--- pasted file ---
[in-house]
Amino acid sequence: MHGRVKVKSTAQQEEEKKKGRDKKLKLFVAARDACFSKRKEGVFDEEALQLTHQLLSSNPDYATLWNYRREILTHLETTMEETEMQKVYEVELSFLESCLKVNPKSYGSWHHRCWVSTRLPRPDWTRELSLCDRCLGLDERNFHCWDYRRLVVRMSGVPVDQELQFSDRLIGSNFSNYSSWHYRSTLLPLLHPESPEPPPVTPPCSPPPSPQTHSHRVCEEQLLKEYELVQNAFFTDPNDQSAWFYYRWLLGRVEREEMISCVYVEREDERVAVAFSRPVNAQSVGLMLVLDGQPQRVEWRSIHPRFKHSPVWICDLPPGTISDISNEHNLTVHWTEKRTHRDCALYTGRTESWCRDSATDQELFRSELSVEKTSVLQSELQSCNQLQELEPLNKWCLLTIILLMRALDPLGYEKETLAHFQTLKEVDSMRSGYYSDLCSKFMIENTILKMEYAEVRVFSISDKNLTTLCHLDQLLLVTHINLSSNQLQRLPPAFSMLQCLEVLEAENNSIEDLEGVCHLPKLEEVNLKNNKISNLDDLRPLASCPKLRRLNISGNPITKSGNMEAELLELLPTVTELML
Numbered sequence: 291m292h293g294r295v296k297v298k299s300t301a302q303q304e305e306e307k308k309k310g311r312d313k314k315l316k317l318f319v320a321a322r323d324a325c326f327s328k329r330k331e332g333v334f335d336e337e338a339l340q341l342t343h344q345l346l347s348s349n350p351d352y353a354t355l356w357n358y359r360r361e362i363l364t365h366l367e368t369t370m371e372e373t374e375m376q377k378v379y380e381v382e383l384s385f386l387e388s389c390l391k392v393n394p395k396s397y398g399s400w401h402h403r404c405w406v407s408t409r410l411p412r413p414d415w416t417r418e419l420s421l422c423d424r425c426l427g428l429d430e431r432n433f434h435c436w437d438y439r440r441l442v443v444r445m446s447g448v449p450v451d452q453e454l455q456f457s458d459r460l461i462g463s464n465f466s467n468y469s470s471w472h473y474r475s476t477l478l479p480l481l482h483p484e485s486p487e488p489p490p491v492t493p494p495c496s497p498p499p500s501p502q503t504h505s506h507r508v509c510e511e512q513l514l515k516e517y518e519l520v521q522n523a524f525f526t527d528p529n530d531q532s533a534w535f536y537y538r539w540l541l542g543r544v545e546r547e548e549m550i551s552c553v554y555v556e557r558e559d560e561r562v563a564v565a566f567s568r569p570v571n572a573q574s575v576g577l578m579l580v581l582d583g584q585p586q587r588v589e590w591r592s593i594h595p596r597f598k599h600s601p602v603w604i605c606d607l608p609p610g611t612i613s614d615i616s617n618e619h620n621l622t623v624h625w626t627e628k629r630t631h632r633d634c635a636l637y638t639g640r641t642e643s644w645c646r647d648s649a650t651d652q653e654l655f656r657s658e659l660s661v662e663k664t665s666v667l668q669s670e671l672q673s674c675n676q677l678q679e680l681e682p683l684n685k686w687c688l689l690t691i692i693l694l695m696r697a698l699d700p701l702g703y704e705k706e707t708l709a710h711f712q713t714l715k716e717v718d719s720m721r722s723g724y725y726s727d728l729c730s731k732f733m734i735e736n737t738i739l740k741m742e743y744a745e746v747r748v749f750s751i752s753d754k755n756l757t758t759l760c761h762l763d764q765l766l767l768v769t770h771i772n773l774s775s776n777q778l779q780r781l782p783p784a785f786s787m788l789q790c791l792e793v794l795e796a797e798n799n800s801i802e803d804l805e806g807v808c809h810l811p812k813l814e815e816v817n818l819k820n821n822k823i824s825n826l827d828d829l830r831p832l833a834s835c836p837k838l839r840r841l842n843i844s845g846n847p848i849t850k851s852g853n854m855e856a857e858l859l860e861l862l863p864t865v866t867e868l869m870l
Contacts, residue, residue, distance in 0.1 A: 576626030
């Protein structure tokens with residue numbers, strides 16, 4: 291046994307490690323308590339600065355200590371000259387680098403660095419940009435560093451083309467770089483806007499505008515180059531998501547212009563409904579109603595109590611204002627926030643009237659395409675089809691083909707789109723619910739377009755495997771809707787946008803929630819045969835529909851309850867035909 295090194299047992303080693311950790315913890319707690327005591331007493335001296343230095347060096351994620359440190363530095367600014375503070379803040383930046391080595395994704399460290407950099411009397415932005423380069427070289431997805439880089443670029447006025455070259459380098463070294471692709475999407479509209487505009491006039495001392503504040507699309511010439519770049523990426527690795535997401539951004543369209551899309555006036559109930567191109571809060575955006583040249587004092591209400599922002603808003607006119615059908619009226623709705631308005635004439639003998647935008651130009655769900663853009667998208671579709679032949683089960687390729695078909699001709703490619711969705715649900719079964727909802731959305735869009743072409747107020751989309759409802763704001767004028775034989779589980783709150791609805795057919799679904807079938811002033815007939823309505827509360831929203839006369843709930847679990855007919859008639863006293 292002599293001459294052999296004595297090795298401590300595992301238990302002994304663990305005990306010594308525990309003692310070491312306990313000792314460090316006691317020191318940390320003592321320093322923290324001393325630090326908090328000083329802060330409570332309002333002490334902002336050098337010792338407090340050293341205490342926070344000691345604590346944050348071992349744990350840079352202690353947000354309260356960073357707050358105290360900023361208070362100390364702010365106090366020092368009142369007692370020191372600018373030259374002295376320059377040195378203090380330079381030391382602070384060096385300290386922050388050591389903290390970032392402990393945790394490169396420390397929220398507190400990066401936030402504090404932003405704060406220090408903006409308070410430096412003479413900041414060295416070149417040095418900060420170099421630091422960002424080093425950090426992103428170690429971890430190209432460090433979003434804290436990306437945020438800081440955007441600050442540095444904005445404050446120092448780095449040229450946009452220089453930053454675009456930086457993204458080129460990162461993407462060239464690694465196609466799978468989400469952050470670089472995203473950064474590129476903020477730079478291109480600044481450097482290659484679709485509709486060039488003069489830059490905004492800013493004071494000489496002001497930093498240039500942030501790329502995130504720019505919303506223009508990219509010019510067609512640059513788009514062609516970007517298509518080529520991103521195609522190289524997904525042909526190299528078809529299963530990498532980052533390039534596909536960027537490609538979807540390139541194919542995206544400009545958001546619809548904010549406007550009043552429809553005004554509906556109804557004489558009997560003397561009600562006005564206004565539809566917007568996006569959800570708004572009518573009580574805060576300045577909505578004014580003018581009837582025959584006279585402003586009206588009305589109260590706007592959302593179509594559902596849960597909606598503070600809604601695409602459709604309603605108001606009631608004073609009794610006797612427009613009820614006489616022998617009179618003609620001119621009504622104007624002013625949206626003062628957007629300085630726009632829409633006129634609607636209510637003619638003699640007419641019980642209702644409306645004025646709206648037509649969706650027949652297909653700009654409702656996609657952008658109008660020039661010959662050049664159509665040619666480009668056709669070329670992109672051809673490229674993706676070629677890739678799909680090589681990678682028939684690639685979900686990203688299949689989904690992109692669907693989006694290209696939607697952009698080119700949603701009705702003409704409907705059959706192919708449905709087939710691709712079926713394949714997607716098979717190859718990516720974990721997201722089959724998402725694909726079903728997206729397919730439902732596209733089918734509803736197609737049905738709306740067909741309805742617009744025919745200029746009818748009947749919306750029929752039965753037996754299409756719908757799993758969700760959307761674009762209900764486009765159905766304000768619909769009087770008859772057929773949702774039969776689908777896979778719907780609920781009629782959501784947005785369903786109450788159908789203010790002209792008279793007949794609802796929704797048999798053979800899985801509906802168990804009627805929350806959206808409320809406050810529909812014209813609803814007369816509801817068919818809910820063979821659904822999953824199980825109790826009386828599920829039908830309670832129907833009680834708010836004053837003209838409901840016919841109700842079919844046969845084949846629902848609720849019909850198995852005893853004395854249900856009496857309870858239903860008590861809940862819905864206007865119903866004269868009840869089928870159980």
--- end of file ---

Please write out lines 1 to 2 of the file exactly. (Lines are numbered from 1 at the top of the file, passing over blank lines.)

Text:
[in-house]
Amino acid sequence: MHGRVKVKSTAQQEEEKKKGRDKKLKLFVAARDACFSKRKEGVFDEEALQLTHQLLSSNPDYATLWNYRREILTHLETTMEETEMQKVYEVELSFLESCLKVNPKSYGSWHHRCWVSTRLPRPDWTRELSLCDRCLGLDERNFHCWDYRRLVVRMSGVPVDQELQFSDRLIGSNFSNYSSWHYRSTLLPLLHPESPEPPPVTPPCSPPPSPQTHSHRVCEEQLLKEYELVQNAFFTDPNDQSAWFYYRWLLGRVEREEMISCVYVEREDERVAVAFSRPVNAQSVGLMLVLDGQPQRVEWRSIHPRFKHSPVWICDLPPGTISDISNEHNLTVHWTEKRTHRDCALYTGRTESWCRDSATDQELFRSELSVEKTSVLQSELQSCNQLQELEPLNKWCLLTIILLMRALDPLGYEKETLAHFQTLKEVDSMRSGYYSDLCSKFMIENTILKMEYAEVRVFSISDKNLTTLCHLDQLLLVTHINLSSNQLQRLPPAFSMLQCLEVLEAENNSIEDLEGVCHLPKLEEVNLKNNKISNLDDLRPLASCPKLRRLNISGNPITKSGNMEAELLELLPTVTELML